The promise: Michael De Plater unveiled a lengthy gameplay trailer for Middle Earth: Shadow of War, and discussed an expansion of the game’s lauded nemesis system. The Xbox One and Windows 10 Play Anywhere title would be available on October 10, 2017.
Did Microsoft deliver? Yes. The parade of orcs (and more) began when Shadow of War released on October 10th for Xbox One, PS4, and PC.
The promise: The next Xbox One and Windows 10 exclusive world premiere trailer got some special treatment. Accompanied by a live pianist to score its beautiful, mysterious forest scenery leading to eventual peril, Ori and the Wisp of the Willows was revealed. A release date, however? Unavailable.
Did Microsoft deliver? Well, with no release date, it’s a “not yet.” Not much information is out there for the follow-up to Ori and the Blind Forest. Perhaps we’ll hear more at E3 2018 in a few days.
The promise: In celebration of the two-year anniversary of the Xbox backward compatibility program, Phil Spencer returned to note that as of that date, the library consisted of 385 Xbox 360 games playable on Xbox One. Over half of Xbox One owners had played a backward compatible game, Spencer said. The program would receive an expansion later in 2017, bringing some of the original Xbox’s greatest hits to the Xbox One library, including Crimson Skies.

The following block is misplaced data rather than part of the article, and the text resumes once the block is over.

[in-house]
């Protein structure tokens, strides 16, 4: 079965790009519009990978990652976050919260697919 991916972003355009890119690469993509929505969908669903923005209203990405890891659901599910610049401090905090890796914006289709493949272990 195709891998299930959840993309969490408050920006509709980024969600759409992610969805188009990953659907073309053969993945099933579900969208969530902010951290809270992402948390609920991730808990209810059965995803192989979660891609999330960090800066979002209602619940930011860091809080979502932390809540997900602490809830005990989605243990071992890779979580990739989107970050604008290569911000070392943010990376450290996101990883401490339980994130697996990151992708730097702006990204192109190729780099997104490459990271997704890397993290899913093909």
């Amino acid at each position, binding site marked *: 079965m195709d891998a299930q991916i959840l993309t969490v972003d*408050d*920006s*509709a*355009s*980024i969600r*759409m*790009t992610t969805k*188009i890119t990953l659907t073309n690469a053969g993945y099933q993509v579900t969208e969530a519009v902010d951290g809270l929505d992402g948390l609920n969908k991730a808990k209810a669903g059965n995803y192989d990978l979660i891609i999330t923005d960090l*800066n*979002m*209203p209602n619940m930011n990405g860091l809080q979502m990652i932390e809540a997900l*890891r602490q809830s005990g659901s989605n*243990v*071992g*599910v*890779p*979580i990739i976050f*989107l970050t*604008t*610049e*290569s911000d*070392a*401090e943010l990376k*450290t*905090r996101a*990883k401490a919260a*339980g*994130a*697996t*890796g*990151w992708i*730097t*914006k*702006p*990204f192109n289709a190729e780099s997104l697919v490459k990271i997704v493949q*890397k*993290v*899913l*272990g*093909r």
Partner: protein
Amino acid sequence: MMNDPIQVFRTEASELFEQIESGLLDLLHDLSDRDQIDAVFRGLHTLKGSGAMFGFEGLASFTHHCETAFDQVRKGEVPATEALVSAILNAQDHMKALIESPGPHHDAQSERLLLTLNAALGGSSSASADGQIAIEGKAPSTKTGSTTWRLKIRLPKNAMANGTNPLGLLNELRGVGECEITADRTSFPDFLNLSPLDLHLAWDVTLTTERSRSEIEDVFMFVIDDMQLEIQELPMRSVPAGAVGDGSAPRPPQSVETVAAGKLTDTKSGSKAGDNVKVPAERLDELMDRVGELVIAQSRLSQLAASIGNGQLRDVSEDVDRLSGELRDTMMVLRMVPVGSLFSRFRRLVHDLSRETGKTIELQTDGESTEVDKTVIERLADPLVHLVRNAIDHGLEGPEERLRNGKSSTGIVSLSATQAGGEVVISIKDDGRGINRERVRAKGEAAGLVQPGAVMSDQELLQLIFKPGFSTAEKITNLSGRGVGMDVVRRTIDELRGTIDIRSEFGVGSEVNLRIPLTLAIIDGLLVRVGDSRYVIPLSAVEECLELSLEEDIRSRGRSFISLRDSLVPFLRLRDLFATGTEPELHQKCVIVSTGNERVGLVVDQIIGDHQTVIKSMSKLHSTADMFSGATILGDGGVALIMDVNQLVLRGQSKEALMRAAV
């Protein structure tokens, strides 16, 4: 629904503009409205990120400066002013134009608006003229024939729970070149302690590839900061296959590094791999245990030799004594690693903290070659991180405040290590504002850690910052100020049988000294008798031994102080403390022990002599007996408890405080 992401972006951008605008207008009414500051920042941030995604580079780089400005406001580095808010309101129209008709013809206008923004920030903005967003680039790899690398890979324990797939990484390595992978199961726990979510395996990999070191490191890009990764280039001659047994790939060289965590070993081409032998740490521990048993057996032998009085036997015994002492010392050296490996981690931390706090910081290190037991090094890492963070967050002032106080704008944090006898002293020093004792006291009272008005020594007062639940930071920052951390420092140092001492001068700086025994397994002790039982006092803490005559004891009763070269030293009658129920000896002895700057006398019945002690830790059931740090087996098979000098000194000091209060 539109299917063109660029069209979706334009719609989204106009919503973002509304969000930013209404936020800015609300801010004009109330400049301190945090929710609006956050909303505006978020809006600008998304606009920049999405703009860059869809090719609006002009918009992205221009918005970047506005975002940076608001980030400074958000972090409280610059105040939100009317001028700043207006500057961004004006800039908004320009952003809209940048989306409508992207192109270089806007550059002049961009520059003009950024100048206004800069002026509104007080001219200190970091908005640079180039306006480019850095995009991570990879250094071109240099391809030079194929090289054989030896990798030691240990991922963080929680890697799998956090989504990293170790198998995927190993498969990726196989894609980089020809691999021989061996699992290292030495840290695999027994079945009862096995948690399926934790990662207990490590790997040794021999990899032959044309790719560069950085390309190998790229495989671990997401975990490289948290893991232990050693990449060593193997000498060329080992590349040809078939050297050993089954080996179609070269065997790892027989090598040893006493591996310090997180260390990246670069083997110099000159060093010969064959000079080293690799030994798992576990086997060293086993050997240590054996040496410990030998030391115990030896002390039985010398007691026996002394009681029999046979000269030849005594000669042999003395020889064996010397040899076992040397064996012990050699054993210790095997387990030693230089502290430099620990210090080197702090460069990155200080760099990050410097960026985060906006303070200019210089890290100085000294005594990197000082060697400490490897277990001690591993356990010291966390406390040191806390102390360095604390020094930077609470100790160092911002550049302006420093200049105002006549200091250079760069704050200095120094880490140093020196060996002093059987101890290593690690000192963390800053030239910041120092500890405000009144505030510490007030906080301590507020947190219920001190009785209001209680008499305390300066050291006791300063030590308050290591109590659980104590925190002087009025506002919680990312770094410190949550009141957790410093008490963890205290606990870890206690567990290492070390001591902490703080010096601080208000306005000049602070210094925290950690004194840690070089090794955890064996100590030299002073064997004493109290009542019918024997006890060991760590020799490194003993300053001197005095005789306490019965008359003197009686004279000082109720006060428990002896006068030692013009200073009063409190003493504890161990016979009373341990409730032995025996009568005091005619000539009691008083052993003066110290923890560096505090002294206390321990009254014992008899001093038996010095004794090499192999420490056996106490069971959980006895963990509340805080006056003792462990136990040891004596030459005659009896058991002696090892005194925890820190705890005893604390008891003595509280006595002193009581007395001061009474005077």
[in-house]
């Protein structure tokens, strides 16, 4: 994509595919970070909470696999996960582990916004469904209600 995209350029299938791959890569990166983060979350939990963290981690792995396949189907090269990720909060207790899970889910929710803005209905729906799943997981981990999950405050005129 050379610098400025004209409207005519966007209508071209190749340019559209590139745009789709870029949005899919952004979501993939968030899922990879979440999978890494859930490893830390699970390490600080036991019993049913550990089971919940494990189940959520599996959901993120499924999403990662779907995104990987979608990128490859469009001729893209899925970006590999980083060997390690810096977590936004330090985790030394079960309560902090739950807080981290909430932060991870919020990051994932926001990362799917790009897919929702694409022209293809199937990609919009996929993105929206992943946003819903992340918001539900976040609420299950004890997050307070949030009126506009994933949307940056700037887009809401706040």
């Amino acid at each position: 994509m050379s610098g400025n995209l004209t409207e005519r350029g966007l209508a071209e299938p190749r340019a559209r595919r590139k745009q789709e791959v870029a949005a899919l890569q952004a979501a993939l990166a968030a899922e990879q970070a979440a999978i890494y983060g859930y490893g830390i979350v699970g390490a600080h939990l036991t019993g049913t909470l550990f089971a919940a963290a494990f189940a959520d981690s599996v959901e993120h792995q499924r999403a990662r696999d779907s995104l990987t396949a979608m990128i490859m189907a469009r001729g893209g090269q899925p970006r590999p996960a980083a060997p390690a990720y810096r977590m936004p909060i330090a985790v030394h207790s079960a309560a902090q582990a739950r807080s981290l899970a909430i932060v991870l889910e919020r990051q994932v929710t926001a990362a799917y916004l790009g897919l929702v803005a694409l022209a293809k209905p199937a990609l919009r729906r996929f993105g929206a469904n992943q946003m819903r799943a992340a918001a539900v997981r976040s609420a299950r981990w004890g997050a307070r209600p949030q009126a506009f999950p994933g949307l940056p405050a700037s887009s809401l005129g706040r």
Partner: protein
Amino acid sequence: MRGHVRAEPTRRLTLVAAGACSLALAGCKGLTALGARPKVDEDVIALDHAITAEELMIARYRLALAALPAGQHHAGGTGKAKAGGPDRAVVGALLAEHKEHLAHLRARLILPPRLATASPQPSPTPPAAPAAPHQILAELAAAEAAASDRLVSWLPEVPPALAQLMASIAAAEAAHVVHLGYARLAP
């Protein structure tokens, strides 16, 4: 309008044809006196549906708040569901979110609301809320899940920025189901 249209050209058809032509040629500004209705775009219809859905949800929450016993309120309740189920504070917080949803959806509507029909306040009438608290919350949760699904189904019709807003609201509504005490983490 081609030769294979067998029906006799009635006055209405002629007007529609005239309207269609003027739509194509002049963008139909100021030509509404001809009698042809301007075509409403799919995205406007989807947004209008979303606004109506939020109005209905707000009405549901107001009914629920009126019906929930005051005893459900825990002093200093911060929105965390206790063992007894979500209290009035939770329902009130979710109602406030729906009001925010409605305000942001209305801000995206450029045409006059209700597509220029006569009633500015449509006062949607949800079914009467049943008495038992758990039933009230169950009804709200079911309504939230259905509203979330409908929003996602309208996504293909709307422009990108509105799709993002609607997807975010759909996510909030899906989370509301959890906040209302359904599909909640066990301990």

Did Microsoft deliver? Another yes. On October 24, 2017 the first 13 games, including Crimson Skies, released for the program.
The promise: Free 4k updates for Xbox One X would come to the following games: Gears of War 4, Forza Horizon 3, Killer Instinct, Halo Wars 2, and Minecraft. There were also plans for over 30 third-party games that would receive updates as part of Microsoft’s Xbox One X enhanced program, including but not limited to Final Fantasy XV, Resident Evil 7, Tom Clancy’s Ghost Recon: Wildlands, and Rocket League.